User configuration options

By default everything will run as the root user. However, it is possible to change who runs the transmission process. You may set the following parameters to customize the user id that runs transmission.

Variable Function Example
PUID Sets the user id who will run transmission PUID=1003
PGID Sets the group id for the transmission user PGID=1003

Transmission configuration options

In previous versions of this container the settings were not persistent but was generated from environment variables on container startup. This had the benefit of being very explicit and reproducable but you had to provide Transmission config as environment variables if you wanted them to stay that way between container restarts. This felt cumbersome to many.

As of version 3.0 this is no longer true. Settings are now persisted in the /data/transmission-home folder in the container and as long as you mount /data you should be able to configure Transmission using the UI as you normally would.

You may still override Transmission options by setting environment variables if that's your thing. The variables are named after the transmission config they target but are prefixed with TRANSMISSION_, capitalized, and - is converted to _.

For example:

Transmission variable name Environment variable name

A full list of variables can be found in the Transmission documentation here.

All variables overridden by environment variables will be logged during startup.

PS: TRANSMISSION_BIND_ADDRESS_IPV4 will automatically be overridden to the IP assigned to your OpenVPN tunnel interface. This ensures that Transmission only listens for torrent traffic on the VPN interface and is part of the fail safe mechanisms.

Dropping default route from iptables (advanced)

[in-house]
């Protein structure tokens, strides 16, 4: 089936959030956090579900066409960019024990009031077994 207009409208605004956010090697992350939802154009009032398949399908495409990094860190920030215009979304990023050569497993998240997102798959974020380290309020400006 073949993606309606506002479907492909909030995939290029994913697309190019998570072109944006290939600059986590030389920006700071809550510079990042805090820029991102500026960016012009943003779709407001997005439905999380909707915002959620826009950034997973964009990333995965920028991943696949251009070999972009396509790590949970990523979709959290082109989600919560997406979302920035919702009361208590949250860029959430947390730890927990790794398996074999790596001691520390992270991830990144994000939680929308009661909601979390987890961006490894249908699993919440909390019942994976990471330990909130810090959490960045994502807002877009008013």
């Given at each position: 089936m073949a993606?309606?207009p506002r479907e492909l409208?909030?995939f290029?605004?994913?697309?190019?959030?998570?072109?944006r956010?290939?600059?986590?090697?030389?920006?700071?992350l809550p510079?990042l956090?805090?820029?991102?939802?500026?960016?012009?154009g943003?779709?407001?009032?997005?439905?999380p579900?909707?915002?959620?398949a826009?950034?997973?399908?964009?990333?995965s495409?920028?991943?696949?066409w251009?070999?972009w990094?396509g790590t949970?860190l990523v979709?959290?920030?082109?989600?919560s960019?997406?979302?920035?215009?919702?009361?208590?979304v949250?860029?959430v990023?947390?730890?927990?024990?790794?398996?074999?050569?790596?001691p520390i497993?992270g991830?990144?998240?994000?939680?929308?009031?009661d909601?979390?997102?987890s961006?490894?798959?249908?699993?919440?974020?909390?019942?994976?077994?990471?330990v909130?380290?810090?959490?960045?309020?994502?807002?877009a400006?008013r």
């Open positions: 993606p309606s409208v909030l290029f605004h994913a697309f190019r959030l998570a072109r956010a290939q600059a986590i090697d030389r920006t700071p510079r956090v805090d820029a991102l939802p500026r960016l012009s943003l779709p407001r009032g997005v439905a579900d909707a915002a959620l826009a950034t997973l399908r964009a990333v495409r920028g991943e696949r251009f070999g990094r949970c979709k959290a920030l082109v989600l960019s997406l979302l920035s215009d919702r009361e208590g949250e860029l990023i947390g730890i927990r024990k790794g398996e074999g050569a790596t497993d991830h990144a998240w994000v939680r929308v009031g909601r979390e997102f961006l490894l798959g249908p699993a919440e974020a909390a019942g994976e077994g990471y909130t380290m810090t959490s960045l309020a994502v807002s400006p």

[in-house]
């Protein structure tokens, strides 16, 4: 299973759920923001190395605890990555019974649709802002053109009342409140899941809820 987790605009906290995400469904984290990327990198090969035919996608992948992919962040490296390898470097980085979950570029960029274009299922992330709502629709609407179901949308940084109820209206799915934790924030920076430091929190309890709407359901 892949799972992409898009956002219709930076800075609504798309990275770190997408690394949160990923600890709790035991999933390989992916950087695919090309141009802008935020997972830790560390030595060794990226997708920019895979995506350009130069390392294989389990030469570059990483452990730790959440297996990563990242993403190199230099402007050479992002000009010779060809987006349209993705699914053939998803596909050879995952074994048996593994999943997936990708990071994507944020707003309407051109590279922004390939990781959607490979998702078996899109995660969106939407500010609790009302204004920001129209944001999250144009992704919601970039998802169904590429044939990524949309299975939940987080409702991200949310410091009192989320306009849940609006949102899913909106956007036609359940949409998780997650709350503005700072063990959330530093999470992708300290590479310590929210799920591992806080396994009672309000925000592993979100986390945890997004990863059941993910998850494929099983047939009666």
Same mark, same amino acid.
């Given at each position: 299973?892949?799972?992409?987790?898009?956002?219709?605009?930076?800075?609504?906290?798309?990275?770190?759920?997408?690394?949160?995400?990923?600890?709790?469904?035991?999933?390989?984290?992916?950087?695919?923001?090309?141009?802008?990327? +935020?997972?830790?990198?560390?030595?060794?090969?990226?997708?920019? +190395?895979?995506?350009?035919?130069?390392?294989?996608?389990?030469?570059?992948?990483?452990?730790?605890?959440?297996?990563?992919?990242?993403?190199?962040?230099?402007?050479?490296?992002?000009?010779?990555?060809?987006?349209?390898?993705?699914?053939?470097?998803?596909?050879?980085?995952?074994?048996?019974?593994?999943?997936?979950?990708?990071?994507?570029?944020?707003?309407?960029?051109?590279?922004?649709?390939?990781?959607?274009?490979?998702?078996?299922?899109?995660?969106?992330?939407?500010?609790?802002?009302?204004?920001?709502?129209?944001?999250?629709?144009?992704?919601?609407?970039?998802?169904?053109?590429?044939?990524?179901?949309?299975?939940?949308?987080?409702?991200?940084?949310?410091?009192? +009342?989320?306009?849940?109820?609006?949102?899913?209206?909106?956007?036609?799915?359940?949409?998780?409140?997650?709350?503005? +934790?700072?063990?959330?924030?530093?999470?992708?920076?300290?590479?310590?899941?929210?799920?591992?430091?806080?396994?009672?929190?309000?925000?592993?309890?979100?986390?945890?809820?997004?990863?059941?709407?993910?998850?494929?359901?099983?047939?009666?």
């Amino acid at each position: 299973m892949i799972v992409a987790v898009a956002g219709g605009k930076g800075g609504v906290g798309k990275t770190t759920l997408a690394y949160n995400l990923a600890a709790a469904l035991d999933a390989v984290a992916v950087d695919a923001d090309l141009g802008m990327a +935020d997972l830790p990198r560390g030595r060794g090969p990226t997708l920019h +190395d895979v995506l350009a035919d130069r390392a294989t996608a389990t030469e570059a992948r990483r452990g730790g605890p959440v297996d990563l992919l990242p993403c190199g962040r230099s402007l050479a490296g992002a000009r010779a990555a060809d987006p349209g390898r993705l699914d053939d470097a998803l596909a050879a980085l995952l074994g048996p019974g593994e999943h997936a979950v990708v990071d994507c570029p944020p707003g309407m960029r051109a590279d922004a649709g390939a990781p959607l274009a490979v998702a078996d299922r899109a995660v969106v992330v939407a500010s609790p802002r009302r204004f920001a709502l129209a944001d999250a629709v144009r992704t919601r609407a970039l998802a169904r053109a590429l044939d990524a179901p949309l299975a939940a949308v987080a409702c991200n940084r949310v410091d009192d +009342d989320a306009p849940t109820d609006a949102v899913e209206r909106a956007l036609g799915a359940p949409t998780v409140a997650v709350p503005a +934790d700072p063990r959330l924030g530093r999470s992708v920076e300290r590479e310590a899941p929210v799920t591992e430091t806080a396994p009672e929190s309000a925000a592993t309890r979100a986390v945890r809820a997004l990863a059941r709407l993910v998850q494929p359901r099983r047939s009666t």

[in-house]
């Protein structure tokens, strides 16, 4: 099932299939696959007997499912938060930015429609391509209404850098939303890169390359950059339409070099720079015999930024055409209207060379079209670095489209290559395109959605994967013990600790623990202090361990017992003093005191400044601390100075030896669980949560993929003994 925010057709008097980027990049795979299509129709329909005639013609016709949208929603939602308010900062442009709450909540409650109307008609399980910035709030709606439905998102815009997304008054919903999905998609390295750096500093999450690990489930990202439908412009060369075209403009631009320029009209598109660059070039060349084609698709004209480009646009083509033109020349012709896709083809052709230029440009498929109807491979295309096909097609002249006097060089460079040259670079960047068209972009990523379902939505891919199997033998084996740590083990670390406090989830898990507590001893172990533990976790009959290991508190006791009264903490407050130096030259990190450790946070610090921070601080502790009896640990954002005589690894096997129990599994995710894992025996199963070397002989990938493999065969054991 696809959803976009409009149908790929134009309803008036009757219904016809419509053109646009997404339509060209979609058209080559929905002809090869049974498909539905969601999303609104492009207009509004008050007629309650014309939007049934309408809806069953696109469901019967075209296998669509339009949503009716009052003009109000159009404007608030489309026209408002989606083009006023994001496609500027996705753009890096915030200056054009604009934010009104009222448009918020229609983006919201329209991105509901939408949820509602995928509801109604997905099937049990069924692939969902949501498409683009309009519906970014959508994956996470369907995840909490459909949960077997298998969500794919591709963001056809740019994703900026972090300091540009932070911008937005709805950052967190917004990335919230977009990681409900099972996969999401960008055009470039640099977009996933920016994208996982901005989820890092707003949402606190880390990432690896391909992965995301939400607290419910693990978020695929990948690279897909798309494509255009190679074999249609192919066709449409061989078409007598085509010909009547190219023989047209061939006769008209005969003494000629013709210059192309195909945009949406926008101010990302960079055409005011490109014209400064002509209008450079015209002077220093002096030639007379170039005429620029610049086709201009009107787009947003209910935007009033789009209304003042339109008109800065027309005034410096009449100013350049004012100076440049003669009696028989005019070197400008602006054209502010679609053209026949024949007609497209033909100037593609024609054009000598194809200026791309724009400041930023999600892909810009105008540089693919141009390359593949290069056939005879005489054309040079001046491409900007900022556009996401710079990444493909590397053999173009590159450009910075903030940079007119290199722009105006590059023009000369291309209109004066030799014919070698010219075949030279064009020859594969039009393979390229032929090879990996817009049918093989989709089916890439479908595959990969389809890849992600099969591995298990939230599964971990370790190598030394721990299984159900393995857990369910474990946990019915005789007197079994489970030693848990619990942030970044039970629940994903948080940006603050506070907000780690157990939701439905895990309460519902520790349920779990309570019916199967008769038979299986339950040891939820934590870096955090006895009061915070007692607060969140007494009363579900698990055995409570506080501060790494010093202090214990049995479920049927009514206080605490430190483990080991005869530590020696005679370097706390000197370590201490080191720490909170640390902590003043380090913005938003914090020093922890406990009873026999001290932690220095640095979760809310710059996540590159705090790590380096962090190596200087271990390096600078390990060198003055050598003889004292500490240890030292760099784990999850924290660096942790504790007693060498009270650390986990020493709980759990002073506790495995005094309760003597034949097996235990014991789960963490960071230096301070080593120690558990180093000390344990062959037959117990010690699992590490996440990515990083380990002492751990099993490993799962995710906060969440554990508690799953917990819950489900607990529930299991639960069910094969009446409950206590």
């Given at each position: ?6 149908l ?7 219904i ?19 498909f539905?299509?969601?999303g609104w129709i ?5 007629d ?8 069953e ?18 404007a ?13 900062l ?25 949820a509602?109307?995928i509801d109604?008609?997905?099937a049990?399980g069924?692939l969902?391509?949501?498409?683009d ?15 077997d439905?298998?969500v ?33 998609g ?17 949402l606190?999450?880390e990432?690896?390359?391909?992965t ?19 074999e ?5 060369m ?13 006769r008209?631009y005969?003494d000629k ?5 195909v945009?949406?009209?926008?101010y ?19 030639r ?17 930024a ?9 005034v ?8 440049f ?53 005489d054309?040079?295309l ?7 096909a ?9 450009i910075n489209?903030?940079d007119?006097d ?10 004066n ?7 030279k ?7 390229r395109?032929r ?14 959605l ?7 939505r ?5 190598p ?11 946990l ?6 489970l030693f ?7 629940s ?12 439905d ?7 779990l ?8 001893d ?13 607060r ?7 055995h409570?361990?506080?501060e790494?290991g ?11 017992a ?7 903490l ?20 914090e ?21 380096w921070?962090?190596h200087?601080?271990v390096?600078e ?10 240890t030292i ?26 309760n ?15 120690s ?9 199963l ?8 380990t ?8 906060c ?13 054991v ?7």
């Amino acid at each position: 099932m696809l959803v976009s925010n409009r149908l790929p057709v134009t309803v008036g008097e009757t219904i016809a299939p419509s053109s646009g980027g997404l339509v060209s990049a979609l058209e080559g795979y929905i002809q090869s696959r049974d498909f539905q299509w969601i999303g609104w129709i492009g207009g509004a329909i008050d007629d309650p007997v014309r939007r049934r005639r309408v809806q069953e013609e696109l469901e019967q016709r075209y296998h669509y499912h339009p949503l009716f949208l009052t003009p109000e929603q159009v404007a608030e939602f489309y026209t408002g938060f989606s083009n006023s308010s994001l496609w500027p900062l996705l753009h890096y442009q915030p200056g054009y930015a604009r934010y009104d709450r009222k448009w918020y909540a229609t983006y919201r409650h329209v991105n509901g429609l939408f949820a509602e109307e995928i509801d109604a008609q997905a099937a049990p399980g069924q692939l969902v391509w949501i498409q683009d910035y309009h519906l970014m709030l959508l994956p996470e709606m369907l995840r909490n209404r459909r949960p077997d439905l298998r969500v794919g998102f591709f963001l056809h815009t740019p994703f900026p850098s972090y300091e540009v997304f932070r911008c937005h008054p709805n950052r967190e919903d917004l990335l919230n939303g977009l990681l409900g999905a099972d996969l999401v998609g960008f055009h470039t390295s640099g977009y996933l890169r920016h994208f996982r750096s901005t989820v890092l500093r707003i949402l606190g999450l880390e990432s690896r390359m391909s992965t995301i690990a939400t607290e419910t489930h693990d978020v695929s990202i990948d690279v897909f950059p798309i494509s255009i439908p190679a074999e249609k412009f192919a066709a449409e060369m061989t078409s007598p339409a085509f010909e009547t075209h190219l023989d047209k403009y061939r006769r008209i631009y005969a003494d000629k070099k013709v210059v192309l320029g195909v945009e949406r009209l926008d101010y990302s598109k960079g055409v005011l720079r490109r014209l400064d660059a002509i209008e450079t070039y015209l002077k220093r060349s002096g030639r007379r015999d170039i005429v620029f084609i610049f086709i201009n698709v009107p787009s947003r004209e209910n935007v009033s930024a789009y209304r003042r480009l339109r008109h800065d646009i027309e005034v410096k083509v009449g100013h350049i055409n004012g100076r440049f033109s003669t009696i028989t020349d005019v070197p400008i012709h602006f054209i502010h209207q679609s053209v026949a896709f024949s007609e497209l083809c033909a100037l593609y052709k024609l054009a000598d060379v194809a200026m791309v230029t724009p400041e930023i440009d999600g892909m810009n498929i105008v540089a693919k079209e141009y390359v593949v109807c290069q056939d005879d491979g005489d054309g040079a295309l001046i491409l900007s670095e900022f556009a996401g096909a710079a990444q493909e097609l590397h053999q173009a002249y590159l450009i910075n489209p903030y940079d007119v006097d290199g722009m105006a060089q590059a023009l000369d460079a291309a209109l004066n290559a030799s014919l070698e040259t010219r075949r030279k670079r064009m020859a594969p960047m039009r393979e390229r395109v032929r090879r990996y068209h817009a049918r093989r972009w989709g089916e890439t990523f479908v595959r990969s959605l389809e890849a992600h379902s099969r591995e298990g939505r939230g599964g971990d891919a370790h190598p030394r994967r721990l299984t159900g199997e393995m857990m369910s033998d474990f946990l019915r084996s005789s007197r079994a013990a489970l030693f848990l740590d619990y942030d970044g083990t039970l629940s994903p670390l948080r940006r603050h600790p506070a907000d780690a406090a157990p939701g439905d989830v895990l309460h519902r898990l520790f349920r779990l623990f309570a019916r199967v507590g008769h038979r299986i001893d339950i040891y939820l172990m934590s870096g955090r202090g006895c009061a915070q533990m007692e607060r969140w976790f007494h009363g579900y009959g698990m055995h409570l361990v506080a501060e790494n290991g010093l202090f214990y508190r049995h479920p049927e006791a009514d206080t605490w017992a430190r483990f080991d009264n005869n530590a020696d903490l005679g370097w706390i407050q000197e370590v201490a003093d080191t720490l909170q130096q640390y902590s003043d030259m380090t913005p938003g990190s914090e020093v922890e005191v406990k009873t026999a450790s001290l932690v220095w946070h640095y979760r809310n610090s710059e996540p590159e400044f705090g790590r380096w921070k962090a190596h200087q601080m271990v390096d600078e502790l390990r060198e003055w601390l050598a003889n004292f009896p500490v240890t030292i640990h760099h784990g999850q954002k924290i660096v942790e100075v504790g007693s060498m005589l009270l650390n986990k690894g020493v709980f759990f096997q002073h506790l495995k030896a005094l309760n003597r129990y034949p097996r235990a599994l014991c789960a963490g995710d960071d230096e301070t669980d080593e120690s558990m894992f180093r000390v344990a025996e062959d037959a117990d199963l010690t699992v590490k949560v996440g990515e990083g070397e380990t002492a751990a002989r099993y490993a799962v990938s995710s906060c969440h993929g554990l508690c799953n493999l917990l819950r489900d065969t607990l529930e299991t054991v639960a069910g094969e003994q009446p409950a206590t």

Some VPNs do not override the default route, but rather set other routes with a lower metric. This might lead to the default route (your untunneled connection) to be used.

To drop the default route set the environment variable DROP_DEFAULT_ROUTE to true.

Note: This is not compatible with all VPNs. You can check your iptables routing with the ip r command in a running container.

Changing logging locations

By default Transmission will log to a file in TRANSMISSION_HOME/transmission.log.

To log to stdout instead set the environment variable LOG_TO_STDOUT to true.

Note: By default stdout is what container engines read logs from. Set this to true to have Tranmission logs in commands like docker logs and kubectl logs. OpenVPN currently only logs to stdout.

Custom scripts

If you ever need to run custom code before or after transmission is executed or stopped, you can use the custom scripts feature. Custom scripts are located in the /scripts directory which is empty by default. To enable this feature, you'll need to mount the /scripts directory.

Once /scripts is mounted you'll need to write your custom code in the following bash shell scripts:

Script Function
/scripts/ This shell script will be executed before openvpn start
/scripts/ This shell script will be executed after openvpn config
/scripts/ This shell script will be executed before transmission start
/scripts/ This shell script will be executed after transmission start
/scripts/ This shell script will be executed before transmission stop
/scripts/ This shell script will be executed after transmission stop

Don't forget to include the #!/bin/bash shebang and to make the scripts executable using chmod a+x